For the bulk of every Rocky and Bullwinkle episode, moose and squirrel would engage in high concept escapades that satirized geopolitics, contemporary cinema, and the very fabrics of the human condition. With all of that to work with, there's no excuse for why the pair and their Soviet nemeses haven't gotten a decent movie adaptation. But the ingenious Mr. Peabody and his faithful boy Sherman are another story, intercut between Rocky and Bullwinkle segments to teach kids brief history lessons and toss in a nearly lethal dose of puns. Their stories and relationship were much simpler, which means that bringing their shtick to the big screen would entail a lot more invention — always risky when you're dealing with precious material.
For the most part, Mr. Peabody & Sherman handles the regeneration of its heroes aptly, allowing for emotionally substance in their unique father-son relationship and all the difficulties inherent therein. The story is no subtle metaphor for the difficulties surrounding gay adoption, with society decreeing that a dog, no matter how hyper-intelligent, cannot be a suitable father. The central plot has Peabody hosting a party for a disapproving child services agent and the parents of a young girl with whom 7-year-old Sherman had a schoolyard spat, all in order to prove himself a suitable dad. Of course, the WABAC comes into play when the tots take it for a spin, forcing Peabody to rush to their rescue.
Getting down to personals, we also see the left brain-heavy Peabody struggle with being father Sherman deserves. The bulk of the emotional marks are hit as we learn just how much Peabody cares for Sherman, and just how hard it has been to accept that his only family is growing up and changing.
But more successful than the new is the film's handling of the old — the material that Peabody and Sherman purists will adore. They travel back in time via the WABAC Machine to Ancient Egypt, the Renaissance, and the Trojan War, and 18th Century France, explaining the cultural backdrop and historical significance of the settings and characters they happen upon, all with that irreverent (but no longer racist) flare that the old cartoons enjoyed. And oh... the puns.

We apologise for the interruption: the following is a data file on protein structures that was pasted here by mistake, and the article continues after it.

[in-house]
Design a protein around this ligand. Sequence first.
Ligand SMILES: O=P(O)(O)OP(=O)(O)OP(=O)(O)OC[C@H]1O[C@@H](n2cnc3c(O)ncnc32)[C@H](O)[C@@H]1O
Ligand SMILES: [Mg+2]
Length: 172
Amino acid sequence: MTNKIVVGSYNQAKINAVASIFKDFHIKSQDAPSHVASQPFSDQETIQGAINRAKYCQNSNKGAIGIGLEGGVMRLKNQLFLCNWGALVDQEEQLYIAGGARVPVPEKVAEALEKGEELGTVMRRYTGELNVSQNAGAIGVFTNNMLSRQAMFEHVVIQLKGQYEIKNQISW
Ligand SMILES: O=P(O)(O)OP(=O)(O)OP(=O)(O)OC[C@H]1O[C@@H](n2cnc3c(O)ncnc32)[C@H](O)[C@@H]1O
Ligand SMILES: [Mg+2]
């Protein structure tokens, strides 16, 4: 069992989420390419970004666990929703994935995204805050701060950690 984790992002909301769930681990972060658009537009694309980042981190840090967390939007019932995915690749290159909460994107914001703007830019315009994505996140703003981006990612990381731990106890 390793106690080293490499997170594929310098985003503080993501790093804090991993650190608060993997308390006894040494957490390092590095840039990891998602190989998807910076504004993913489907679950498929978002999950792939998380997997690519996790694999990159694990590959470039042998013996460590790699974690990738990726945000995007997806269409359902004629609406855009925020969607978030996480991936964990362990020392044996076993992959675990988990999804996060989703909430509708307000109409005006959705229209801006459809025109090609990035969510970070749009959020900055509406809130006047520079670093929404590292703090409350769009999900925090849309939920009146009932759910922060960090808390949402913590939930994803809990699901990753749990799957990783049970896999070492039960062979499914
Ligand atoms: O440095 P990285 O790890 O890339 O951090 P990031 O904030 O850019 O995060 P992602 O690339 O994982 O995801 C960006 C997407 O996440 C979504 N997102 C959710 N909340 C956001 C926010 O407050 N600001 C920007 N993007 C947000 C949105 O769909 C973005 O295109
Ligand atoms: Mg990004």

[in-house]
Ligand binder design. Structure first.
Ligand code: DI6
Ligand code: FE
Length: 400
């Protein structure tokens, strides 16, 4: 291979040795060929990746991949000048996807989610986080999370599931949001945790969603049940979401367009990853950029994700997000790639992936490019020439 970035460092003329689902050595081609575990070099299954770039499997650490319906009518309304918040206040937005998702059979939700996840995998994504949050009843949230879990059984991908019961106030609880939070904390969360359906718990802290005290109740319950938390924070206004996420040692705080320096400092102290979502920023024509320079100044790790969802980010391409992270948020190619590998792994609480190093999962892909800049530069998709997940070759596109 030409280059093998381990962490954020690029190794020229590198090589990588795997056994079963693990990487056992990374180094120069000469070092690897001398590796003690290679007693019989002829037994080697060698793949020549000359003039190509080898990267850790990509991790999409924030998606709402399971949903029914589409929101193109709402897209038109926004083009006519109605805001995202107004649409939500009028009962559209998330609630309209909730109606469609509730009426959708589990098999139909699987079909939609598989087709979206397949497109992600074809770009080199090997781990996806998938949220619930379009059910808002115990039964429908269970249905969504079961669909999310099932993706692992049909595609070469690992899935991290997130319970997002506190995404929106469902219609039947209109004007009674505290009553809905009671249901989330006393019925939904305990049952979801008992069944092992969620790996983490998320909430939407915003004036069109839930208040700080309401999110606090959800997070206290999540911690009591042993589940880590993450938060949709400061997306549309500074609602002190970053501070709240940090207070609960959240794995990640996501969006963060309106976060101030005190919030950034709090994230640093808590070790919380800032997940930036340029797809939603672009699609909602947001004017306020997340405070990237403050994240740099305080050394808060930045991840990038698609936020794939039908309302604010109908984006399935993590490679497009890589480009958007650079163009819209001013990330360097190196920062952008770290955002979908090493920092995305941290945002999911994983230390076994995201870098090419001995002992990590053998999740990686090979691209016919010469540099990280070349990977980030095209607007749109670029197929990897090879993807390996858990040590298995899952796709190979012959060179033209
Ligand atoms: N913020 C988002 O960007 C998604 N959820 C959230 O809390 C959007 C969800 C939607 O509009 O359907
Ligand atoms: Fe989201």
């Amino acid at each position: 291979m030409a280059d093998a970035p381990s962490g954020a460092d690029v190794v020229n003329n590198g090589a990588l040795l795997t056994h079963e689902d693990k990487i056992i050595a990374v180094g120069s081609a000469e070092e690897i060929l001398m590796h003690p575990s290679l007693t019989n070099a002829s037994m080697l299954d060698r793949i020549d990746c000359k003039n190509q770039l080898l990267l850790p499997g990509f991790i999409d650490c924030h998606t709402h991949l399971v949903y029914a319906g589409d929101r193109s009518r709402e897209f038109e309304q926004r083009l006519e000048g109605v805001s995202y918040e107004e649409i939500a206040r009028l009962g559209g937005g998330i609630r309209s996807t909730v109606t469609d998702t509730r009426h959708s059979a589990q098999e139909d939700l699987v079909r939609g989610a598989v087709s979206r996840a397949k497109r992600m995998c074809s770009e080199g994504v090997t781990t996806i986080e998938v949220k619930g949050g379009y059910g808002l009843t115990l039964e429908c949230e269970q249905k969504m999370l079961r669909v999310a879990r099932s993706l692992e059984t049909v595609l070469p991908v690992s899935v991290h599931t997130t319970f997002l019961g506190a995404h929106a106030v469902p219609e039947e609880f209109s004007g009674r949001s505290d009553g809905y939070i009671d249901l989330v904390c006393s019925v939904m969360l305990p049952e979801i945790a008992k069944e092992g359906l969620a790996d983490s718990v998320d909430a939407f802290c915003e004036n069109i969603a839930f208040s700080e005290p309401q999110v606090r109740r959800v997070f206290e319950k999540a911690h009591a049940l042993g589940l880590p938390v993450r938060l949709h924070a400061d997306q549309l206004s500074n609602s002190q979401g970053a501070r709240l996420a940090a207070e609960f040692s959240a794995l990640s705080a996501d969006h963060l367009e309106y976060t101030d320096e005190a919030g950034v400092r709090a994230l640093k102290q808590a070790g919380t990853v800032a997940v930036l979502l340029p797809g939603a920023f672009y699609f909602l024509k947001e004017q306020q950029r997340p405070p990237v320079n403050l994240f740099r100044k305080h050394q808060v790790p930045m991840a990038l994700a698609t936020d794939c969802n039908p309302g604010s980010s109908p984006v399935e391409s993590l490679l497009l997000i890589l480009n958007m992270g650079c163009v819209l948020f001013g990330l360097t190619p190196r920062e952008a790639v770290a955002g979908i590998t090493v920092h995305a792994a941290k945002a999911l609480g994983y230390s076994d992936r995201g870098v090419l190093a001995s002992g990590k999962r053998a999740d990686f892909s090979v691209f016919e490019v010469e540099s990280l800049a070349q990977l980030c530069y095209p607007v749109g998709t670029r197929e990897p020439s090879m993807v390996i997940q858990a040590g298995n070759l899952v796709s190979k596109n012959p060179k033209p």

Mr. Peabody & Sherman is a f**king treasure trove of some of the most amazingly bad puns in recent cinema. This effort alone will leave you in awe.
The film does unravel in its final act, bringing the science-fiction of time travel a little too close to the forefront and dropping the ball on a good deal of its emotional groundwork. What seemed to be substantial building blocks do not pay off in the way we might, as scholars of animated family cinema, have anticipated, leaving the movie with an unfinished feeling.
But all in all, it's a bright, compassionate, reasonably educational, and occasionally funny if not altogether worthy tribute to an old favorite. And since we don't have our own WABAC machine to return to a time of regularly scheduled Peabody and Sherman cartoons, this will do okay for now.
If nothing else, it's worth your time for the puns.